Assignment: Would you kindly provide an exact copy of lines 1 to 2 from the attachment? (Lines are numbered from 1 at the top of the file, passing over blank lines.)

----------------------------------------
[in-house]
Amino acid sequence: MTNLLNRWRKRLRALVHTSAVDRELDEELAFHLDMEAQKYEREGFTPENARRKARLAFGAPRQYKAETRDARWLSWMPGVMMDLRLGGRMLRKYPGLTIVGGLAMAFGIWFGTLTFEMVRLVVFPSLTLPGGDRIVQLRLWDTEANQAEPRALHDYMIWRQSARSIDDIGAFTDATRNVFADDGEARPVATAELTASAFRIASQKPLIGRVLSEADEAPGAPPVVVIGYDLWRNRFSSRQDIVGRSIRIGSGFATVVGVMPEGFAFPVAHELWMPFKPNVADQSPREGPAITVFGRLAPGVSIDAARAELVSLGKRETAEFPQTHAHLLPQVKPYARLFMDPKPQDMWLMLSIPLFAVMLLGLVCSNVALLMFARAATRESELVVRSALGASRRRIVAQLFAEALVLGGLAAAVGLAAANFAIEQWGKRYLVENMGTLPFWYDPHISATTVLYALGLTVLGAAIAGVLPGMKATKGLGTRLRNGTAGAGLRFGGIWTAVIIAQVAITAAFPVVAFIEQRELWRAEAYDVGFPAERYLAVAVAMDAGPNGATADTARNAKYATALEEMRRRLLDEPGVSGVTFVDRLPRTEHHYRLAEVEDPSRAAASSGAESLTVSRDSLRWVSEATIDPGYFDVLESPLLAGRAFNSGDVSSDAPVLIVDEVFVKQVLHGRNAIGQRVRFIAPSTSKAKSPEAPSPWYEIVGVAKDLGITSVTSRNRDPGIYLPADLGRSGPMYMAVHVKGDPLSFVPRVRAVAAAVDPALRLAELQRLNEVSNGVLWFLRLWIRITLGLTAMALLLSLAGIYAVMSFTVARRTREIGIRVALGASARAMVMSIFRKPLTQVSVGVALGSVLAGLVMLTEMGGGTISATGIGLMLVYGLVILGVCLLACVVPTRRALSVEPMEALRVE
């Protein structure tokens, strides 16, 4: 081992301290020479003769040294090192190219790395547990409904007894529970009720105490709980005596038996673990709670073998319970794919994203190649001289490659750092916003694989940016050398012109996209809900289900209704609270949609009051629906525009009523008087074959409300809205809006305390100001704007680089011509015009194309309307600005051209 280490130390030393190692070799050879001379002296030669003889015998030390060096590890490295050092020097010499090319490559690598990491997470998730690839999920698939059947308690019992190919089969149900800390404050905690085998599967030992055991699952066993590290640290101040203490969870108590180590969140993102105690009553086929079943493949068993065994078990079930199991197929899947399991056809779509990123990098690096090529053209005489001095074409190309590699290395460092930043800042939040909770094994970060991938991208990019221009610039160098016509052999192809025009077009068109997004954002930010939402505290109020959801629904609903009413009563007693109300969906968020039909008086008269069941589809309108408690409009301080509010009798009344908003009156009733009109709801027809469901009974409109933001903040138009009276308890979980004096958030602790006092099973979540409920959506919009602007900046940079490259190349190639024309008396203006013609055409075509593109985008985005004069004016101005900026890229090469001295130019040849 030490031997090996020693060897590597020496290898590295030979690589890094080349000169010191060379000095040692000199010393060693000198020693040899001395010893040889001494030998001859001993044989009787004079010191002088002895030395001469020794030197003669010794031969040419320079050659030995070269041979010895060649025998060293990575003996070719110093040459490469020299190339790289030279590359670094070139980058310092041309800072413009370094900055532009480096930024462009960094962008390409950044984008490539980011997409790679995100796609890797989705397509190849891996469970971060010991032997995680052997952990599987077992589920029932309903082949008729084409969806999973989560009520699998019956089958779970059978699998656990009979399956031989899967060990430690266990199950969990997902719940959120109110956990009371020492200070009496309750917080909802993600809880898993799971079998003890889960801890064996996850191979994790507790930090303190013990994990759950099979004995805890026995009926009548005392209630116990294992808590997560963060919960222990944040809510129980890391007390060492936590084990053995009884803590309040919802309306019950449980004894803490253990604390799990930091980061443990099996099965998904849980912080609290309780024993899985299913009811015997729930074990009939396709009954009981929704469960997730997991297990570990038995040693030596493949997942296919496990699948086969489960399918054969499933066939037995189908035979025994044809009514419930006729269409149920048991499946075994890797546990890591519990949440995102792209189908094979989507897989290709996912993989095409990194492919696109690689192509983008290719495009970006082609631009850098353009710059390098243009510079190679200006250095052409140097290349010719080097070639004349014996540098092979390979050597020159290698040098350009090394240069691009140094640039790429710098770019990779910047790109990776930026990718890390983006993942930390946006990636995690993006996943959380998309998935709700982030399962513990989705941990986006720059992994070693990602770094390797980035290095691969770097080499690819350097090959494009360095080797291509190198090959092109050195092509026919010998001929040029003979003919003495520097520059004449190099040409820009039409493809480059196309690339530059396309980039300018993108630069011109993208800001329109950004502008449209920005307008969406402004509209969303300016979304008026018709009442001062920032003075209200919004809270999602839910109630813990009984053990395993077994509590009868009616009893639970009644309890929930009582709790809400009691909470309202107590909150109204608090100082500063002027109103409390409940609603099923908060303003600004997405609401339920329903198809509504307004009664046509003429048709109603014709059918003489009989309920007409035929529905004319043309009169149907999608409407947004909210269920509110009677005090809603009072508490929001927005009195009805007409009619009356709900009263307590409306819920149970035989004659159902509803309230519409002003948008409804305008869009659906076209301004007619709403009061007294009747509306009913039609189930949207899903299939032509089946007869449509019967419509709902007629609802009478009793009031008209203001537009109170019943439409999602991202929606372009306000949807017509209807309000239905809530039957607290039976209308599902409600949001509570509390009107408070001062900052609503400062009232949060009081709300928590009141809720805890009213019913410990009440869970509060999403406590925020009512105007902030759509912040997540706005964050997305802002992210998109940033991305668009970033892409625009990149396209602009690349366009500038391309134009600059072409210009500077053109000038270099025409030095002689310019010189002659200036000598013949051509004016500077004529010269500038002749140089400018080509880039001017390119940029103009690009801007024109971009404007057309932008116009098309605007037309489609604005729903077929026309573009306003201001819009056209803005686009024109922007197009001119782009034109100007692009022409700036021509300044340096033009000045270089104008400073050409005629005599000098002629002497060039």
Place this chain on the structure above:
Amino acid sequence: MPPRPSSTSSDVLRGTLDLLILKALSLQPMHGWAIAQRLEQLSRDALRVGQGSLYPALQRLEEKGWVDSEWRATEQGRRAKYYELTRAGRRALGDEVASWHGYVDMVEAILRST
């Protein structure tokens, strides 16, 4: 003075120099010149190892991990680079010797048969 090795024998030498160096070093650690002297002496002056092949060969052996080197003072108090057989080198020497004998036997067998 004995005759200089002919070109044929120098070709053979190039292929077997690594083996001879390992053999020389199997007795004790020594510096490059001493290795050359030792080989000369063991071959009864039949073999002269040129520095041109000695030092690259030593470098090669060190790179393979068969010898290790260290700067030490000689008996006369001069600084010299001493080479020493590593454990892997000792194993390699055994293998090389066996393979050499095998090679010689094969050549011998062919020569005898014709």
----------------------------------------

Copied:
[in-house]
Amino acid sequence: MTNLLNRWRKRLRALVHTSAVDRELDEELAFHLDMEAQKYEREGFTPENARRKARLAFGAPRQYKAETRDARWLSWMPGVMMDLRLGGRMLRKYPGLTIVGGLAMAFGIWFGTLTFEMVRLVVFPSLTLPGGDRIVQLRLWDTEANQAEPRALHDYMIWRQSARSIDDIGAFTDATRNVFADDGEARPVATAELTASAFRIASQKPLIGRVLSEADEAPGAPPVVVIGYDLWRNRFSSRQDIVGRSIRIGSGFATVVGVMPEGFAFPVAHELWMPFKPNVADQSPREGPAITVFGRLAPGVSIDAARAELVSLGKRETAEFPQTHAHLLPQVKPYARLFMDPKPQDMWLMLSIPLFAVMLLGLVCSNVALLMFARAATRESELVVRSALGASRRRIVAQLFAEALVLGGLAAAVGLAAANFAIEQWGKRYLVENMGTLPFWYDPHISATTVLYALGLTVLGAAIAGVLPGMKATKGLGTRLRNGTAGAGLRFGGIWTAVIIAQVAITAAFPVVAFIEQRELWRAEAYDVGFPAERYLAVAVAMDAGPNGATADTARNAKYATALEEMRRRLLDEPGVSGVTFVDRLPRTEHHYRLAEVEDPSRAAASSGAESLTVSRDSLRWVSEATIDPGYFDVLESPLLAGRAFNSGDVSSDAPVLIVDEVFVKQVLHGRNAIGQRVRFIAPSTSKAKSPEAPSPWYEIVGVAKDLGITSVTSRNRDPGIYLPADLGRSGPMYMAVHVKGDPLSFVPRVRAVAAAVDPALRLAELQRLNEVSNGVLWFLRLWIRITLGLTAMALLLSLAGIYAVMSFTVARRTREIGIRVALGASARAMVMSIFRKPLTQVSVGVALGSVLAGLVMLTEMGGGTISATGIGLMLVYGLVILGVCLLACVVPTRRALSVEPMEALRVE